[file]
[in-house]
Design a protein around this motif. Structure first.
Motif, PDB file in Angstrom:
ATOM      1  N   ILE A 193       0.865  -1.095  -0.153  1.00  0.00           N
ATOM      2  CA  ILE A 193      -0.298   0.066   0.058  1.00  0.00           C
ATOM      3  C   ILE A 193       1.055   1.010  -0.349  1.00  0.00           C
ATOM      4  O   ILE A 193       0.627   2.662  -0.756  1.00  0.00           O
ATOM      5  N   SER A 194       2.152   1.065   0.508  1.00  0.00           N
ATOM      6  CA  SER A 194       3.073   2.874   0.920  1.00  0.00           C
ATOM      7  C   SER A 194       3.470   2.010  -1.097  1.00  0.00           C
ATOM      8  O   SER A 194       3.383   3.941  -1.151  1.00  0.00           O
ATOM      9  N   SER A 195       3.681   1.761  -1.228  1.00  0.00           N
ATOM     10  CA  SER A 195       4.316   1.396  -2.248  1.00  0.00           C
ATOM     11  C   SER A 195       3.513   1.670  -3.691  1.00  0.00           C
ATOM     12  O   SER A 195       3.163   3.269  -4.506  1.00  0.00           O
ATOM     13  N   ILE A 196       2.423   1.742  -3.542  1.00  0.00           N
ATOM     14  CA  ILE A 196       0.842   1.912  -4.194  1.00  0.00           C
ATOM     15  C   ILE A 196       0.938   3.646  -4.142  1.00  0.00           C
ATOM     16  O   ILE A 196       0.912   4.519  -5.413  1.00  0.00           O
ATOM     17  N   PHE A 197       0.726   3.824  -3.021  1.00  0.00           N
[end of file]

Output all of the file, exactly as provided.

[in-house]
Design a protein around this motif. Structure first.
Motif, PDB file in Angstrom:
ATOM      1  N   ILE A 193       0.865  -1.095  -0.153  1.00  0.00           N
ATOM      2  CA  ILE A 193      -0.298   0.066   0.058  1.00  0.00           C
ATOM      3  C   ILE A 193       1.055   1.010  -0.349  1.00  0.00           C
ATOM      4  O   ILE A 193       0.627   2.662  -0.756  1.00  0.00           O
ATOM      5  N   SER A 194       2.152   1.065   0.508  1.00  0.00           N
ATOM      6  CA  SER A 194       3.073   2.874   0.920  1.00  0.00           C
ATOM      7  C   SER A 194       3.470   2.010  -1.097  1.00  0.00           C
ATOM      8  O   SER A 194       3.383   3.941  -1.151  1.00  0.00           O
ATOM      9  N   SER A 195       3.681   1.761  -1.228  1.00  0.00           N
ATOM     10  CA  SER A 195       4.316   1.396  -2.248  1.00  0.00           C
ATOM     11  C   SER A 195       3.513   1.670  -3.691  1.00  0.00           C
ATOM     12  O   SER A 195       3.163   3.269  -4.506  1.00  0.00           O
ATOM     13  N   ILE A 196       2.423   1.742  -3.542  1.00  0.00           N
ATOM     14  CA  ILE A 196       0.842   1.912  -4.194  1.00  0.00           C
ATOM     15  C   ILE A 196       0.938   3.646  -4.142  1.00  0.00           C
ATOM     16  O   ILE A 196       0.912   4.519  -5.413  1.00  0.00           O
ATOM     17  N   PHE A 197       0.726   3.824  -3.021  1.00  0.00           N